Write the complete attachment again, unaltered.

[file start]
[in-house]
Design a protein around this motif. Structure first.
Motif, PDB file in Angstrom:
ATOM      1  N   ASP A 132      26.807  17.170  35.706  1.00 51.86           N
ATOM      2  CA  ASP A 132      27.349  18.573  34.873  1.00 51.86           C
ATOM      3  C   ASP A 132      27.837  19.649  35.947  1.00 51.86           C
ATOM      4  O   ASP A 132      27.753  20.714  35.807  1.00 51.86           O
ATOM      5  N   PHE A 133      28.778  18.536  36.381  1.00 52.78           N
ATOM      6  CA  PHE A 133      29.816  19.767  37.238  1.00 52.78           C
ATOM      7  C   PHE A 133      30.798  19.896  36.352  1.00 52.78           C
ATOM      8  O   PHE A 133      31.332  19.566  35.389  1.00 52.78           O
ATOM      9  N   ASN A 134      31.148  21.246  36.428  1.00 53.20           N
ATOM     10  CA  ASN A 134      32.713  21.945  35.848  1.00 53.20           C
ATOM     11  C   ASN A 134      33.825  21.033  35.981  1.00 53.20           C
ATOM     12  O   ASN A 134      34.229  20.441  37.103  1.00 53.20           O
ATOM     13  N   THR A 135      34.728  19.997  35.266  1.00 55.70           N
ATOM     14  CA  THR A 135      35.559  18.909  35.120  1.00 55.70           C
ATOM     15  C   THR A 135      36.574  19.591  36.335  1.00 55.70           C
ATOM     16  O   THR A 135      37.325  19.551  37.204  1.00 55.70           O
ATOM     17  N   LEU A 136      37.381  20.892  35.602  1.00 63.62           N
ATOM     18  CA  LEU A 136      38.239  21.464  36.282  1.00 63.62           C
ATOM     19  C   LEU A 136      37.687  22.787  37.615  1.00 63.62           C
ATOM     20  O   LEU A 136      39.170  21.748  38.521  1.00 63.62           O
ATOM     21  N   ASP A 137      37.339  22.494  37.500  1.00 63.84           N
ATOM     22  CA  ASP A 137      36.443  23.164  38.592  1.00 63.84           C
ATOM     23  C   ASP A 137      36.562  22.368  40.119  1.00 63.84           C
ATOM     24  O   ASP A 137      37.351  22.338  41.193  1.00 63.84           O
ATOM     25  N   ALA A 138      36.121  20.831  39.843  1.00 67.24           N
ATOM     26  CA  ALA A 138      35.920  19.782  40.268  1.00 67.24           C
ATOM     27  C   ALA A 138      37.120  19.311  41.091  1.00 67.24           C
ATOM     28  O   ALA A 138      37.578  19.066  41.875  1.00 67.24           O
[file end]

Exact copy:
[in-house]
Design a protein around this motif. Structure first.
Motif, PDB file in Angstrom:
ATOM      1  N   ASP A 132      26.807  17.170  35.706  1.00 51.86           N
ATOM      2  CA  ASP A 132      27.349  18.573  34.873  1.00 51.86           C
ATOM      3  C   ASP A 132      27.837  19.649  35.947  1.00 51.86           C
ATOM      4  O   ASP A 132      27.753  20.714  35.807  1.00 51.86           O
ATOM      5  N   PHE A 133      28.778  18.536  36.381  1.00 52.78           N
ATOM      6  CA  PHE A 133      29.816  19.767  37.238  1.00 52.78           C
ATOM      7  C   PHE A 133      30.798  19.896  36.352  1.00 52.78           C
ATOM      8  O   PHE A 133      31.332  19.566  35.389  1.00 52.78           O
ATOM      9  N   ASN A 134      31.148  21.246  36.428  1.00 53.20           N
ATOM     10  CA  ASN A 134      32.713  21.945  35.848  1.00 53.20           C
ATOM     11  C   ASN A 134      33.825  21.033  35.981  1.00 53.20           C
ATOM     12  O   ASN A 134      34.229  20.441  37.103  1.00 53.20           O
ATOM     13  N   THR A 135      34.728  19.997  35.266  1.00 55.70           N
ATOM     14  CA  THR A 135      35.559  18.909  35.120  1.00 55.70           C
ATOM     15  C   THR A 135      36.574  19.591  36.335  1.00 55.70           C
ATOM     16  O   THR A 135      37.325  19.551  37.204  1.00 55.70           O
ATOM     17  N   LEU A 136      37.381  20.892  35.602  1.00 63.62           N
ATOM     18  CA  LEU A 136      38.239  21.464  36.282  1.00 63.62           C
ATOM     19  C   LEU A 136      37.687  22.787  37.615  1.00 63.62           C
ATOM     20  O   LEU A 136      39.170  21.748  38.521  1.00 63.62           O
ATOM     21  N   ASP A 137      37.339  22.494  37.500  1.00 63.84           N
ATOM     22  CA  ASP A 137      36.443  23.164  38.592  1.00 63.84           C
ATOM     23  C   ASP A 137      36.562  22.368  40.119  1.00 63.84           C
ATOM     24  O   ASP A 137      37.351  22.338  41.193  1.00 63.84           O
ATOM     25  N   ALA A 138      36.121  20.831  39.843  1.00 67.24           N
ATOM     26  CA  ALA A 138      35.920  19.782  40.268  1.00 67.24           C
ATOM     27  C   ALA A 138      37.120  19.311  41.091  1.00 67.24           C
ATOM     28  O   ALA A 138      37.578  19.066  41.875  1.00 67.24           O